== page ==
Dishing: The Games People Play
It's been almost 20 years since Robert Fulghum published his book, All I Really Need to Know I Learned in Kindergarten, which correctly reminded us that we can learn a lot from seeing the world through the experiences and ground rules of our childhood. For me, it's been seven years since I switched from account planning to consumer context planning and I've learned something similar, but a bit more focused:
Everything an advertiser needs to know about sponsorship was learned during recess on the grade-school playground.
Since I began studying a wide range of media vehicles as well as valuing brand sponsorships, I've come to the realization that three recess events represent powerful metaphors for how to win and lose in investing our clients' hard-earned money.
In the worst of the three, Crack the Whip, kids link hands in a line, and the leader pulls the chain of humanity in an unpredictable, winding path that causes a chain reaction of movement. The goal for the leader is to create such Newtonian reactive force that the poor kid on the end of the chain flies off. Victory is achieved when only one person remains standing.
This game is the perfect symbol of how to guarantee a sponsorship will fail.
In this metaphor, the leader in Crack the Whip represents the media vehicle who sets the pace and course. He isn't required to care much about those hitched on to him. In fact, they're sort of a "drag" on the system. True, there wouldn't be a game without them, but he isn't there to work with them. He's there to do whatever he can to win the game. The sponsoring advertisers are the kid hangers-on. They have no control over the leader, or the direction, pace, or nature of his media content. They just hope that, by holding on for dear life, they can stay a part of his game and benefit from his leadership and pace-setting image.
Worst of all is when your brand is the poor sponsoring schlep in the last position - the first to fall off and last to be remembered; the laughingstock for everyone watching from the playground.
A second, less wasteful sponsorship approach is what I call the Baton Race sponsorship.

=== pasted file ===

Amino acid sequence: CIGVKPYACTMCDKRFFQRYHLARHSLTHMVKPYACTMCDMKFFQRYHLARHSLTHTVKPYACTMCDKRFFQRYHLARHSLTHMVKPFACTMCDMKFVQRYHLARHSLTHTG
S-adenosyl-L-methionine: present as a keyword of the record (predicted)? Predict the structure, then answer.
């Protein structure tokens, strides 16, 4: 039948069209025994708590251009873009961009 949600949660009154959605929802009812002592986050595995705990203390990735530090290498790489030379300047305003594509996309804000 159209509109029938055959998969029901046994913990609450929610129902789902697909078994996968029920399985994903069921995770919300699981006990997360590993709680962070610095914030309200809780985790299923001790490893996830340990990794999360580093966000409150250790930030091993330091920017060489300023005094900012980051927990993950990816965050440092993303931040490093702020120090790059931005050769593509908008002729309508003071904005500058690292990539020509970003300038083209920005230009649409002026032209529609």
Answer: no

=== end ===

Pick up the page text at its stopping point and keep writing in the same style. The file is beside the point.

In this event, the medium teams up with a few advertisers. The baton represents the funding. Each advertiser puts cash in the baton and passes it on. The medium is always the final runner in the relay who gets to cross the finish line with the baton full of cash.
Baton Race sponsorships are certainly better than Crack the Whip efforts. The advertisers and medium do band together to plot the path and strategy to achieve total team victory. There is some shared glory and credit to go around for all. But in the end, it's a safe bet that the medium who crosses the finish line enjoys most of the spoils of victory, leaving the sponsors as supporting stars covering the cost of the competition.
That leaves us with the gold medal sponsorship approach: the Three-Legged Race. In this event, the advertiser and media players are, quite literally, joined at the hip. They must work as full partners to win, matching assets, style, strategy and objectives from the starting gun to the finish line. If one falters, both fall. If both stay in perfect sync, performing at their best, they both win.
The partners are sensitive to each other's needs, assets and vulnerabilities, and work cooperatively to achieve mutual success. The spectators are left admiring their seamless synergy, and benefiting from their outstanding and entertaining performance.
Agencies should take a three-legged race approach, bringing clients together with the right media vehicles early and mapping out a partnership that creates the most engaging win/win consumer experience. That's the way to deliver content that leaves the audience captivated by both the medium and sponsor alike.
Jana O'Brien is executive vice president and chief consumer officer at Starcom MediaVest Group. (email@example.com)